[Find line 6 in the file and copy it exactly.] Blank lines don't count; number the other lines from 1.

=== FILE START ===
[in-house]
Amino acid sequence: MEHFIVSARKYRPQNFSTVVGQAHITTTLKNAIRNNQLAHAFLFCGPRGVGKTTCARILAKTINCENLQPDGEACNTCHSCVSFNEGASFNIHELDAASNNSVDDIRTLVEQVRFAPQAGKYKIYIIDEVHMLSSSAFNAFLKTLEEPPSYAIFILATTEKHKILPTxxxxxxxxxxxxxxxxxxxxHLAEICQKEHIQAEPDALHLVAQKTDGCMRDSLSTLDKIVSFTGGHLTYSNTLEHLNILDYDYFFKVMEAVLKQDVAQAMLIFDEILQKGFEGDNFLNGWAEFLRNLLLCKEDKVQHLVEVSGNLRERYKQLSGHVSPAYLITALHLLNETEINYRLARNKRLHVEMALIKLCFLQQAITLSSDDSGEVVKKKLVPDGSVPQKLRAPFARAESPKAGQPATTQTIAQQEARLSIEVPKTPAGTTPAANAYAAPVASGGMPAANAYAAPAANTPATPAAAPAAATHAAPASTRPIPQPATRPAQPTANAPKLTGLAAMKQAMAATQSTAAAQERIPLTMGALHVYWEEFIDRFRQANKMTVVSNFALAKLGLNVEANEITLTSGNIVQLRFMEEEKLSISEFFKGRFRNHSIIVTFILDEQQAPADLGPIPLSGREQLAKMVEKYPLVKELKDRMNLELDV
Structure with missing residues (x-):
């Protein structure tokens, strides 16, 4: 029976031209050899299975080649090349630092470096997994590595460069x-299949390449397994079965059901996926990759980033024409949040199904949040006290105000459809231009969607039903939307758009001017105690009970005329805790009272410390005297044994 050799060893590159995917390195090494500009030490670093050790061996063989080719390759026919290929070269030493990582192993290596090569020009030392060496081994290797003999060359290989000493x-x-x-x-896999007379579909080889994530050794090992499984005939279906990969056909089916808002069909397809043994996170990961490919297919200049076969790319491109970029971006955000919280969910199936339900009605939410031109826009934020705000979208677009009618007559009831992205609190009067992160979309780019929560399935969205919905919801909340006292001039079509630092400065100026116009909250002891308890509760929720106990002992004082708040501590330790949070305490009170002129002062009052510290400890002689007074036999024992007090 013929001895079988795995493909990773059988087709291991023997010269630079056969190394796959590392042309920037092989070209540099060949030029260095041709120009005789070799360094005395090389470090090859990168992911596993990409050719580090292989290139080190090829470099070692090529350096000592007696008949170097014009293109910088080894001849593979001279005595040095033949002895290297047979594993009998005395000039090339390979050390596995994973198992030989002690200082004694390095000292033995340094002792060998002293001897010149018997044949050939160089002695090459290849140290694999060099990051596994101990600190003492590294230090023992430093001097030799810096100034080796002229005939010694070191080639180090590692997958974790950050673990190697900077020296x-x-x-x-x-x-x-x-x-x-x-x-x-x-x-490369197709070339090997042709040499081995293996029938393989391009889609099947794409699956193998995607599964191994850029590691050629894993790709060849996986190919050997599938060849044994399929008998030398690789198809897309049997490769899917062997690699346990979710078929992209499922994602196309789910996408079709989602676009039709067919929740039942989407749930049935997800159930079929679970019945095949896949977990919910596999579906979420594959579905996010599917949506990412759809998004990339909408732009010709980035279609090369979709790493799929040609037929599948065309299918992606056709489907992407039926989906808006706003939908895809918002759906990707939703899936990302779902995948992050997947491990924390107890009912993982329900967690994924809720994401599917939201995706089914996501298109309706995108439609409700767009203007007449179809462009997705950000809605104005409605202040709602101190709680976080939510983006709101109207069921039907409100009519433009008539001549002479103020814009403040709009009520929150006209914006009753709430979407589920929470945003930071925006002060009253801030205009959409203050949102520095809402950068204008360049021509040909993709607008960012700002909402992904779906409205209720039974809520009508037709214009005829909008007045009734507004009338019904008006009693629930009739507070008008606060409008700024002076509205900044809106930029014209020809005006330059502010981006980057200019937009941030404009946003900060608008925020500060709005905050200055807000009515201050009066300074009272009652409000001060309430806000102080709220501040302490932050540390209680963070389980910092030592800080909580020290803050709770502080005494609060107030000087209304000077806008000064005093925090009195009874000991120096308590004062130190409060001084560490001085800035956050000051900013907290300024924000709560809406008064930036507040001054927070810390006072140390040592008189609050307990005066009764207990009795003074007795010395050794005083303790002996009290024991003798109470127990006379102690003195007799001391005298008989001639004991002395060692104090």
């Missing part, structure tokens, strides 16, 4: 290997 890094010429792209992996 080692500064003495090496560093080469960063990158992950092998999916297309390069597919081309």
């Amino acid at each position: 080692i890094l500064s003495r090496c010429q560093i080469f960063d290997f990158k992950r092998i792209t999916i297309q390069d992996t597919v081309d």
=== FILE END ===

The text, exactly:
């Amino acid at each position: 080692i890094l500064s003495r090496c010429q560093i080469f960063d290997f990158k992950r092998i792209t999916i297309q390069d992996t597919v081309d």